From the name of various English towns, derived from Old English æppel
"apple" and Old Norse býr
From the name of a town in East Lothian, Scotland. It is derived from the Old Norse given name BAGGI
From Swedish berg
"mountain" and man
"man", originally a name for a person living on a mountain.
From Swedish borg
meaning "fortification, castle"
From the English place name Cawston
, derived from the Old Norse given name KÁLFR
combined with Old English tun
meaning "enclosure, yard, town".
Derived from the Old Norse given name Kóri
, of unknown meaning.
DAHL Norwegian, Swedish, Danish
From Old Norse dalr
. A famous of this surname was author Roald Dahl (1916-1990) who is mostly remembered for children's stories such as Matilda
and Henry Sugar
From Swedish dal
meaning "dale, valley" and man
From Old Norse dalr
meaning "valley" and garðr
meaning "yard, farmstead".
DAM Dutch, Danish
Means "dike, dam"
in Dutch and Danish. In modern Danish it also means "pond".
From Old Norse eldr
, modern Swedish eld
, meaning "fire"
From Swedish äng
"meadow" and man
"man", originally a name for a person who lived in a meadow.
Means "son of GUSTAF"
. The actress Greta Garbo (1905-1990) was originally named Greta Gustafsson.
HOLME English, Scottish
Referred either to someone living by a small island (northern Middle English holm
, from Old Norse holmr
) or near a holly tree (Middle English holm
, from Old English holegn
HOLMES English, Scottish
Variant of HOLME
. A famous fictional bearer was Sherlock Holmes, a detective in Sir Arthur Conan Doyle's mystery stories beginning in 1887.
HORN English, German, Norwegian, Danish
From the Germanic word horn
. This was an occupational name for one who carved objects out of horn or who played a horn, or a person who lived near a horn-shaped geographical feature, such as a mountain or a bend in a river.
Name for one who lived on a hill, from Middle English how "hill"
(of Norse origin).
From Scots kerr
meaning "rough wet ground"
, ultimately from Old Norse kjarr
From numerous towns in northern England named Kirby or Kirkby, derived from Old Norse kirkja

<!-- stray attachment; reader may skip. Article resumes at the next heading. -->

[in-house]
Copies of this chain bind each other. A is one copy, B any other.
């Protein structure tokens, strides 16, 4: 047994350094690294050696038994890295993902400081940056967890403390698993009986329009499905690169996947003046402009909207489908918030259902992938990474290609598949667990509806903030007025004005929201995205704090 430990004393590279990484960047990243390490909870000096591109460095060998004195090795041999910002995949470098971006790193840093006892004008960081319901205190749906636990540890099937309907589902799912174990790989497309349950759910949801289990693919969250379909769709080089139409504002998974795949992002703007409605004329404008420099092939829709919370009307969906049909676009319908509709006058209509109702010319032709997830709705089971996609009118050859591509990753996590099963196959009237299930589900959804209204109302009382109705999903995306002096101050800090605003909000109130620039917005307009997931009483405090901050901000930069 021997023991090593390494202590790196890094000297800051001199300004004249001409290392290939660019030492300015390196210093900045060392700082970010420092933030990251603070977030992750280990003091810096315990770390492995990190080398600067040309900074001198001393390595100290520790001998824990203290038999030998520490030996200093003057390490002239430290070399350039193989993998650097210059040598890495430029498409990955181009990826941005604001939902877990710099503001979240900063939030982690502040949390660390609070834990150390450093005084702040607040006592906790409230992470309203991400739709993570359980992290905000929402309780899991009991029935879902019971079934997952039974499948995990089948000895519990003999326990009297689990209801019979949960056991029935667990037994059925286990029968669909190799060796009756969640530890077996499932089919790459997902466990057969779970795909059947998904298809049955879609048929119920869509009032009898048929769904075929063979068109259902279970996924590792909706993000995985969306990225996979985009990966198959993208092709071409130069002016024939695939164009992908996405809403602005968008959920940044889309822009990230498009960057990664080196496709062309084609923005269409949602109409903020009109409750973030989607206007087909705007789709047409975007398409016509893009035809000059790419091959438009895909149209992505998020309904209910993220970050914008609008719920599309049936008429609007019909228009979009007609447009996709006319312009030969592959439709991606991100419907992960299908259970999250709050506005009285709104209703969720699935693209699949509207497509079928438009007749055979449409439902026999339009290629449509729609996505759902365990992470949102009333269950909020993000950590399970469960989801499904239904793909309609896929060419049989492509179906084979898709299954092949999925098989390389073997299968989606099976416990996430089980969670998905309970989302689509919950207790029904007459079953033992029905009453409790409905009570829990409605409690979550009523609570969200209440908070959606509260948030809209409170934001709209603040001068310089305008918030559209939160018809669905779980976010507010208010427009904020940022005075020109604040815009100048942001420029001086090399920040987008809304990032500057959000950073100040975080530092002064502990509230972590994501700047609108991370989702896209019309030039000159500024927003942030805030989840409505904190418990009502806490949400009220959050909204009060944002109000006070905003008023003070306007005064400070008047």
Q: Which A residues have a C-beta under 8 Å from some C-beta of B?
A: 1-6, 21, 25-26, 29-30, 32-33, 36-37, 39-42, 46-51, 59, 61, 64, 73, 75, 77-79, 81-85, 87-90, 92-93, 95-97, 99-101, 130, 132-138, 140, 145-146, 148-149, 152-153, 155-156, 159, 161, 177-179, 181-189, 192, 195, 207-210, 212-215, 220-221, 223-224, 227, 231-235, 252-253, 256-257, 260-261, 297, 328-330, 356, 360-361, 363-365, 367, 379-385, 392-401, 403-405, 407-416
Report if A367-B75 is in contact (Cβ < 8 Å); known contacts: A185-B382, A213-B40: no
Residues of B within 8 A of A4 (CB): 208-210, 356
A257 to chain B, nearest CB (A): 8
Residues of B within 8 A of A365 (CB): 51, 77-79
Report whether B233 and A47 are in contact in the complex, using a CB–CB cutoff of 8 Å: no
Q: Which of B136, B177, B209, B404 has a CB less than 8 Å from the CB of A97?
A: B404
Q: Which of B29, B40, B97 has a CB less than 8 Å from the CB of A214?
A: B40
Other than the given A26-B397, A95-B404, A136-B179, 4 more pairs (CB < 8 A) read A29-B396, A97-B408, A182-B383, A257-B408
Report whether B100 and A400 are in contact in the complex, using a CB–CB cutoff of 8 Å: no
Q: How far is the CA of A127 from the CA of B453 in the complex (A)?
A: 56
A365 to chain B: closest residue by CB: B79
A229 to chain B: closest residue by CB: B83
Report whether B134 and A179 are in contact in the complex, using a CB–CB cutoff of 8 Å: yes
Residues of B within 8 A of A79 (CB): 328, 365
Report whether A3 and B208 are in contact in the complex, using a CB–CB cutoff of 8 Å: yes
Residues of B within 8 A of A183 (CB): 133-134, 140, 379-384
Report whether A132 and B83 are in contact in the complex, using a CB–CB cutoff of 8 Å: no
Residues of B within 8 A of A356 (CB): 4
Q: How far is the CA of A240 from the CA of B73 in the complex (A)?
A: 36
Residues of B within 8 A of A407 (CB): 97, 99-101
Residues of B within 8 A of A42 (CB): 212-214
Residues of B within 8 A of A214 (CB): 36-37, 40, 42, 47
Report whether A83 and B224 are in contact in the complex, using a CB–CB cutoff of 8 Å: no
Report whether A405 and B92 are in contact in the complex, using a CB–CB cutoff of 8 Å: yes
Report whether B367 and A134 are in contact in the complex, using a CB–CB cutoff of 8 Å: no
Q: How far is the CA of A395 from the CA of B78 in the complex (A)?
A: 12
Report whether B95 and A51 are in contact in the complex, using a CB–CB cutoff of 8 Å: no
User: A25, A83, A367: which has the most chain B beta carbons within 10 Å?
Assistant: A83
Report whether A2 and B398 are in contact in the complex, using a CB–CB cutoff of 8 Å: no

"church" and býr
From northern Middle English kirk "church"
, from Old Norse kirkja
(cognate of CHURCH
From Swedish lind
"linden tree" and gren
"branch". A famous bearer of this name was Swedish author Astrid Lindgren (1907-2002).
LUND Danish, Swedish, Norwegian, English
Indicated a person who lived near a grove of trees, from Old Norse lundr
. There are towns in Sweden and Britain called Lund.
Anglicized form of the Gaelic name Mac Uileagóid
meaning "son of Uileagóid"
, a diminutive of UILLEAG
NESS English, Scottish, Norwegian
From English ness
and Norwegian nes
meaning "headland, promontory"
, of Old Norse origin, originally referring to a person who lived there.
From Swedish ö
meaning "island" and man
From Danish øst
, originally denoting a dweller on the eastern side of a place.
Ó SUAIRD Irish
Means "descendant of Suart"
in Irish. Suart
is derived from the Old Norse name SIGURD
From various northern English place names, which were derived from Old Norse skáli
"hut" and Old English feld
From the name of a village that meant "willow farm" in Old English.
SOLBERG Norwegian, Swedish
From a place name, derived from Old Norse sól
"sun" and berg
"mountain". As a Swedish name it may be ornamental.
From a nickname for a big person, derived from Middle English stack "haystack"
, of Old Norse origin.
Ornamental name derived from Swedish sten
"stone" and dahl
"valley" (modern spelling dal
STRAND Norwegian, Swedish, Danish
From Old Norse strǫnd
meaning "beach, sea shore"
. It was originally given to someone who lived on or near the sea.
Derived from Polish Szwed
meaning "Swede, person from Sweden"
Denoted a person hailing from one of the many places in Britain of that name, derived from Old Norse topt
TRUDEAU French (Quebec)
From a diminutive of the given name Thouroude
, a medieval French form of the Norse name TORVALD
. This name has been borne by two Canadian prime ministers, Pierre Elliott Trudeau (1919-2000) and his son Justin Trudeau (1971-).
VOLL (1) Norwegian
Originally indicated a person who lived in a meadow, from Old Norse vǫllr "meadow, field"
From the name of various English towns, derived from Old English wilig
meaning "willow" and Old Norse býr
WINTER English, German, Swedish
From Old English winter
or Old High German wintar
. This was a nickname for a person with a cold personality.
Originally denoted someone who came from any of the various places of this name in northern England, from Old Norse vrá
meaning "corner, nook"